Baking Soda Uses in the Garden – Trading a 50¢ Box of Baking Soda For a $5 Plant


Listen to your elders. We’ve all heard that phrase at one time or another, usually from someone with a few laugh lines around their eyes. When it comes to gardening, I’ve tried quite a few “old school” garden tips and tricks that were handed down from prior generations.  One of my favorites is how to use common, inexpensive baking soda to sweeten garden soil and prevent plant disease.

Common baking soda is sodium (salt) bicarbonate for you chemistry majors out there. It comes from a mineral called natron and is found across the natural world in mineral springs. Baking soda is widely used in cooking and in eco-friendly non-chemical cleaning.

But how can the average gardener use a 50¢ box of baking soda to create a $5 plant?

Let’s talk tomatoes.

Those sprawling green branches produce a great food crop in the heat and humidity of summer. But did you know you could affect the flavor of a tomato by digging baking soda into the soil around their roots? Wait until the plant has set green fruit, then just sprinkle and mix in for a much sweeter tomato slice. I remember my Mom doing this — and then she’d go in and make cookies and brush her teeth – all with baking soda!

You can also use baking soda in your flower garden to reduce diseases.

If your summer is particularly moist this year, with early evening rains that leave your plants wet at night, you are likely to pick up a case of powdery mildew. Powdery mildew is a fungus that covers the leaves and stems of a vegetable or flower plant with a soft white eczema-like coating. It can reduce vegetable production on your cucumbers and can stunt the flowering of your perennial roses and annual zinnias.

An easy and inexpensive way to eradicate the nasty fungus is to mix up one tablespoon of baking soda and one tablespoon of vegetable oil with a gallon of water. I usually mix it up in a repurposed (but clean) gallon milk jug. I’m careful to label the jug with my handy garden Sharpie, and store the mix in a garden shed.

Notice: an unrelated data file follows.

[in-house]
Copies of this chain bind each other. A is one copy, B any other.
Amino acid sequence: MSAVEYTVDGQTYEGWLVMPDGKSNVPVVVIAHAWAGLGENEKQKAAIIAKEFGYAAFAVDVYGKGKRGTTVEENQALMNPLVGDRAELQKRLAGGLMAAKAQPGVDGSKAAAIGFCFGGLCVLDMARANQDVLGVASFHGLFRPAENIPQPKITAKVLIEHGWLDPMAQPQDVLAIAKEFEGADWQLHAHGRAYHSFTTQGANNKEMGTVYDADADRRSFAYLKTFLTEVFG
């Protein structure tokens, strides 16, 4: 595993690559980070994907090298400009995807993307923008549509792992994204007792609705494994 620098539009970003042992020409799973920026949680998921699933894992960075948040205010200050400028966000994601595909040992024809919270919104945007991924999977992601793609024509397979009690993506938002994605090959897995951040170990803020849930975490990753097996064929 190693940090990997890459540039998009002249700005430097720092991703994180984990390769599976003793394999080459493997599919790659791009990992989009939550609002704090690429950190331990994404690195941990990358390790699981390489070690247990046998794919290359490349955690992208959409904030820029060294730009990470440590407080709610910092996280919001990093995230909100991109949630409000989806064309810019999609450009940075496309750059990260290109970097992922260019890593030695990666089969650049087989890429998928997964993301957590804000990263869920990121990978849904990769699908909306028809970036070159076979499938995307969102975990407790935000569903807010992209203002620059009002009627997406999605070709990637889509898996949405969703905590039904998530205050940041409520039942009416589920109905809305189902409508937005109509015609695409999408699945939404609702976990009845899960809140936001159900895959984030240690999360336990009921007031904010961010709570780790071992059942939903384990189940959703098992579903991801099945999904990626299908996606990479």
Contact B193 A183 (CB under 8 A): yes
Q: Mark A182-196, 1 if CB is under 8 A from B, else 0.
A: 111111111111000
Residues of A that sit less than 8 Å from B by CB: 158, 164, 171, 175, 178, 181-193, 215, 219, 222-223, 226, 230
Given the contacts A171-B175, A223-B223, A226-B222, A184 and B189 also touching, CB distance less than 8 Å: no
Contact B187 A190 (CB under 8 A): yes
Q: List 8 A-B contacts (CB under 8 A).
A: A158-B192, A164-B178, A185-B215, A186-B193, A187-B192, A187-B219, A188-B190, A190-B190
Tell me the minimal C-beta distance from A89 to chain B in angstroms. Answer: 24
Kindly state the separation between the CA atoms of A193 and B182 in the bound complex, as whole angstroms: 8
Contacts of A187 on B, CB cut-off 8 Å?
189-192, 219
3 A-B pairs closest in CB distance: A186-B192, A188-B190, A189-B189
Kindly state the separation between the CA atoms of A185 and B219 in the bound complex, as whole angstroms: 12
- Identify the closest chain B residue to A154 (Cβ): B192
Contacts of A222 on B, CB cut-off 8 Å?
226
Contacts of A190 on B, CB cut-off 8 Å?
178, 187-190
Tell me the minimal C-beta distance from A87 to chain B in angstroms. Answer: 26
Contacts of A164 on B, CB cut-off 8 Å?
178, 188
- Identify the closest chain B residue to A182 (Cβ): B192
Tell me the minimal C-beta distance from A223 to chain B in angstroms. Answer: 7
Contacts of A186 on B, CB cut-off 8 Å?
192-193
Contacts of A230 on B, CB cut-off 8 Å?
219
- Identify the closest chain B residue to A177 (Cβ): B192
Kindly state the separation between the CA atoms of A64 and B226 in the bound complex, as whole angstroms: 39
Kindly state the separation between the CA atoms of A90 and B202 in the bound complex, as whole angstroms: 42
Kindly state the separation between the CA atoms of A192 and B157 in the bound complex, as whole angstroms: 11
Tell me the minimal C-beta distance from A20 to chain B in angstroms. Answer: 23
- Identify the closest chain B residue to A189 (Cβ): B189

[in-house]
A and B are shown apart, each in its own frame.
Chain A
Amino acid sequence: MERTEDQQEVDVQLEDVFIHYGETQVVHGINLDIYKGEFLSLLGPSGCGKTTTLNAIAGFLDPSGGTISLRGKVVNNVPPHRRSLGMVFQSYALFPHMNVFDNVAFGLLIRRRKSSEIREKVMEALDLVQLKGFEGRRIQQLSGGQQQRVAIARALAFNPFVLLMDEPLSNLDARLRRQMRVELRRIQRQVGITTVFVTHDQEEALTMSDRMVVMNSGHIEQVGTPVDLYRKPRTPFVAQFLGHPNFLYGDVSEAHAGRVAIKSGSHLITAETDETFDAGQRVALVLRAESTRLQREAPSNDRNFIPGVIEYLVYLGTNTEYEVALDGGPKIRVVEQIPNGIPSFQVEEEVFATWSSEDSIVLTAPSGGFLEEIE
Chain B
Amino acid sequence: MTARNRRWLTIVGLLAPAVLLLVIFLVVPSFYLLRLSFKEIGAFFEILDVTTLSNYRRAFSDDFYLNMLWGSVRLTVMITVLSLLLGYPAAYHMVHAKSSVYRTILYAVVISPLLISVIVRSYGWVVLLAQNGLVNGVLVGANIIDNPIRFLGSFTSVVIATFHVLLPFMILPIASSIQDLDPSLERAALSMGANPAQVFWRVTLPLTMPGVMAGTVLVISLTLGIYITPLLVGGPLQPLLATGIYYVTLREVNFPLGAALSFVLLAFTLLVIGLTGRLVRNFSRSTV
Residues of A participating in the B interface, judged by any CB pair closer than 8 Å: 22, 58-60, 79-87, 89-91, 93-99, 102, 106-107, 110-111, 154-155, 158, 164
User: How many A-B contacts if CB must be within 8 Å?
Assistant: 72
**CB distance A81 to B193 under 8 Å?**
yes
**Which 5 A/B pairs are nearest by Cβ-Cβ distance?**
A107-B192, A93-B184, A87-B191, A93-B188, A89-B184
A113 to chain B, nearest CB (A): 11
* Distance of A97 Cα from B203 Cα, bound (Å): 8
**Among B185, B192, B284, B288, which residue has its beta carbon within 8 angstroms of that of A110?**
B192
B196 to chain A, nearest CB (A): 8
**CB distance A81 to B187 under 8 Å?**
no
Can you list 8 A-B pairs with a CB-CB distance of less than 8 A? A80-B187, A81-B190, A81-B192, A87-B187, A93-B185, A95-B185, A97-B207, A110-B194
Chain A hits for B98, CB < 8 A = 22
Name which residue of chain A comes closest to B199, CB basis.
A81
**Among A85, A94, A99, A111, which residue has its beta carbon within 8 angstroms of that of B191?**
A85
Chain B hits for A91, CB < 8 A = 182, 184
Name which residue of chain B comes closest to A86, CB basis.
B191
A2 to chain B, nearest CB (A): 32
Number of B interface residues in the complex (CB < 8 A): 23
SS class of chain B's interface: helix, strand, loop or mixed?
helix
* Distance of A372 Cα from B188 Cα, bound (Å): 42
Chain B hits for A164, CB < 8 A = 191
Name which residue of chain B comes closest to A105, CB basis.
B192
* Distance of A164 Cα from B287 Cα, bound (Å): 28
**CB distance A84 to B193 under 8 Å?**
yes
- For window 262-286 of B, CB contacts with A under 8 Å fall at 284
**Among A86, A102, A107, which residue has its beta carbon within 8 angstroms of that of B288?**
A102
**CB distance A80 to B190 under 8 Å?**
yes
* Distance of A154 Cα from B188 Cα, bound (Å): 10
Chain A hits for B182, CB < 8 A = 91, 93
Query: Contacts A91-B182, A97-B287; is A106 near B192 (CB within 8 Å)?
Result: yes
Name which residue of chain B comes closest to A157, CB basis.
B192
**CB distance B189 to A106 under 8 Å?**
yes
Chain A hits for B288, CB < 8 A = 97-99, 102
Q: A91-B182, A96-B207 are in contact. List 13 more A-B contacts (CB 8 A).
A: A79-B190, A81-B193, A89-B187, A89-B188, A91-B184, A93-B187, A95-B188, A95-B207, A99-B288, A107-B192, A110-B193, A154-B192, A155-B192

Once a week, usually in the morning before the sun gets too hot, I put a fresh mix in a squirt bottle and spray the affected plants.

Because powdery mildew is so common in the summer garden, I’ve just worked this task into my weekly garden chore chart. I love this technique because it’s organic and doesn’t harm the beautiful, delicate butterflies that visit my zinnias late in the summer.

For more baking soda garden tips and tricks I recommend the following two web articles:


So listen to your Mother. Use baking soda this summer as an inexpensive and clever way to improve garden soil and plant health. Your plants will thank you by working their heart out to give you their best show – and a wonderful dinner.

If you’re also interested in baking soda as a natural cleaning tool, visit good old Arm & Hammer.

Also read more by author:

Great DIY Household Cleaners You Can Make

Simple DIY Facial Masks to Clear Your Skin Using Baking Soda & Lemon Juice

4 Recipes for Vinegar Weed Killer and 5 Other Items You Can Use

Liu Jiao
I have written articles on various physical and mental health related conditions, including diabetes/ heart disease/ autism/depression/Nutrition/fitness/diets/fad diets/herbs/alternative therapies/weight loss/obesity in children and adults/smoking risks/alcohol risks/fast foods/disease....

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